Reed Foehl grew up in Massachusetts, following his beloved Boston Bruins and listening to his parents’ records — quickly developing a passion, especially, for Neil Young.
“I could listen to Harvest over and over again,” Foehl says. “Just top to bottom, it’s a beautiful record. For my 16th birthday, I had Harvest shirts made. Everybody put them on.”
Foehl mixed all that ’70s Americana with a little jammy Boulder flavor when the singer-songwriter arrived here just over 30 years ago. The Samples and Leftover Salmon were taking off, and Foehl’s band at the time — Acoustic Junction — got a record deal and spent the ’90s, well, just a few feet off the ground.
An interaction with an industrious music lover led to Foehl finally finding success, as a solo artist, not just by touring relentlessly (opening for everyone from Dave Matthews to Taj Mahal) but by placing his songs in loads of movies and television shows.
“I made a solo record–my first solo record, called Spark. It sort of had a cinematic feel. This fan sent it into the secretary at Warner Brothers and bothered the secretary. Eventually it got into the hands of these supervisors and, like, every song on that record was licensed. And then twice.”
Making money from something other than playing shows, or pushing an album, was a game-changer for Foehl.
“I was, like, ‘Whoa, this is a whole ‘nother world. There’s money upfront. It was Dawson’s Creek — those shows — and then there was one in a feature film. I’m still making money to this day from the 2001 movie. I was, like, ‘I can just keep writing and creating and not tour as much.’ There are so many expenses with touring, and so much suffering, and just the band stuff — logistics and relationships, and it’s always a soap opera.”
Foehl — who moved back to New England a few years ago — has essentially been solo ever since, but he performs his John Prine-meets-Fruit Bats alt-folk with a band here and there, and Band of Heathens has played on his last few albums, all recorded at the group’s studio in Austin, Texas.
“They have a studio called the Finishing School, and they’re just phenomenal,” Foehl says. “I do all my work before [entering the studio]—my arrangements, the songs, the details, and I really just go to them and let them do whatever they want. I’ve learned to let go and as opposed to analyzing everything and it usually is pretty good. It’s a great experience and the records come out good.”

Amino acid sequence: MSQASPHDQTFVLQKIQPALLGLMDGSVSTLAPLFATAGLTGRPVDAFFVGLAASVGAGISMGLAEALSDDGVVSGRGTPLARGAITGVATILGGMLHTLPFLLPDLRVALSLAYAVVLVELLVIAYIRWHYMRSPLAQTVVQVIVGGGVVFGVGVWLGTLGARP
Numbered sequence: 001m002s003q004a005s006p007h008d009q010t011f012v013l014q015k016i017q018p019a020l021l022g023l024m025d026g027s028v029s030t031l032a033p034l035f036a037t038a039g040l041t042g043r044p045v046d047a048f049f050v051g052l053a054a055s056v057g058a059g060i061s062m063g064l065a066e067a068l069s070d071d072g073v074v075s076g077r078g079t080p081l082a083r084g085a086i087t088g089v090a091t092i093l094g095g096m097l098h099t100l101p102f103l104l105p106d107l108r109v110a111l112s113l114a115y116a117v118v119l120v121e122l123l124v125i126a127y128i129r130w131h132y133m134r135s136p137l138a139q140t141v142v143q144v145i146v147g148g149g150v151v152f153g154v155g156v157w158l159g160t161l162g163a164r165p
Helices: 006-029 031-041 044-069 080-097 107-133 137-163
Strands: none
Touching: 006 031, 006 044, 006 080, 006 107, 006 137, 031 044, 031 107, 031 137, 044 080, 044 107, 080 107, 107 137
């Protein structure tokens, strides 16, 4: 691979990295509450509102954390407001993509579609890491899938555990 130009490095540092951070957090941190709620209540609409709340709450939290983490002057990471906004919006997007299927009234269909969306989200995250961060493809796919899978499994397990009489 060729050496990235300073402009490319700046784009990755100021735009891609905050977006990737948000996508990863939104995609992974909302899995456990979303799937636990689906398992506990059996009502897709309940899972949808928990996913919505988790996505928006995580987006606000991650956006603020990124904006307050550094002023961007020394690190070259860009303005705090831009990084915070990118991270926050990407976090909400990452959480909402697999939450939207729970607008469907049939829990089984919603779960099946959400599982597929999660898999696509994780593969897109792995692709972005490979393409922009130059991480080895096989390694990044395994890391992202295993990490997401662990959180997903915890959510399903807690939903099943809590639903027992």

Foehl’s vibey and heartfelt new album, Wild Wild Love, has a Laurel Canyon feel—and even lyrical references—that nods to his childhood heroes.
“I got old songs showing up like best friends out on the weekend,” he sings in the title track. “Just like ‘Sam Stone’ or ‘Hallelujah,’ they give you what you need.”
Foehl’s parents both sadly passed in the last few decades, and becoming essentially the patriarch of his family has changed things for him, even his songwriting — “probably in ways I don’t really know.”
“To this day, I just want to call my mom,” he says. “I lost my father in 2001, so really early, and my mom about five years ago. It’s life. It’s nothing. I’m lucky to have great friends that are my brothers, and I also have siblings that I still have good relationships with, so that’s really important. My mom used to say to me, ‘You have the best friends,’ and I always thought that that’s all I need in this life, really. I want to be kind and I want to have good friends. That’s very important.”
One of Foehl’s good friends is Boulder singer-songwriter Gregory Alan Isakov, who — like Foehl — has been nominated for a Grammy. Every Christmas season for as long as most people around here can remember, Foehl has opened for Isakov at the historic Gold Hill Inn, in the mountains just above Boulder. The pair is thick as thieves, and occasional songwriting collaborators.
“Greg’s unbelievable with words,” Foehl says. “I’ve seen pieces of paper and he’ll just say, ‘This is what I’m working on.’ And he doesn’t even use it. I’m, like, ‘I would use all of that!’
He’s just one of those agile minds. I do work a little differently, and I try to not cop what he’s doing, but I’m definitely inspired and influenced by it. And I think it’s the same — I think we both take from each other. Sometimes I’ve written [a song] thinking of him and then he’ll help me finish it. That happens a lot. We’re constantly inspired by each other, because we don’t feel like we’re doing the same thing.”
Foehl and his own agile mind will be playing the Roots Music Project in Boulder on Thursday, June 29 with Fort Collins singer-songwriter Kate Farmer, a Jamestown native, opening.
ON THE BILL: Reed Foehl with Kate Farmer. 8 p.m. Thursday, June 29, Boulder Roots Music Project, 4747 Pearl St. Ste V3A, Boulder. Tickets here.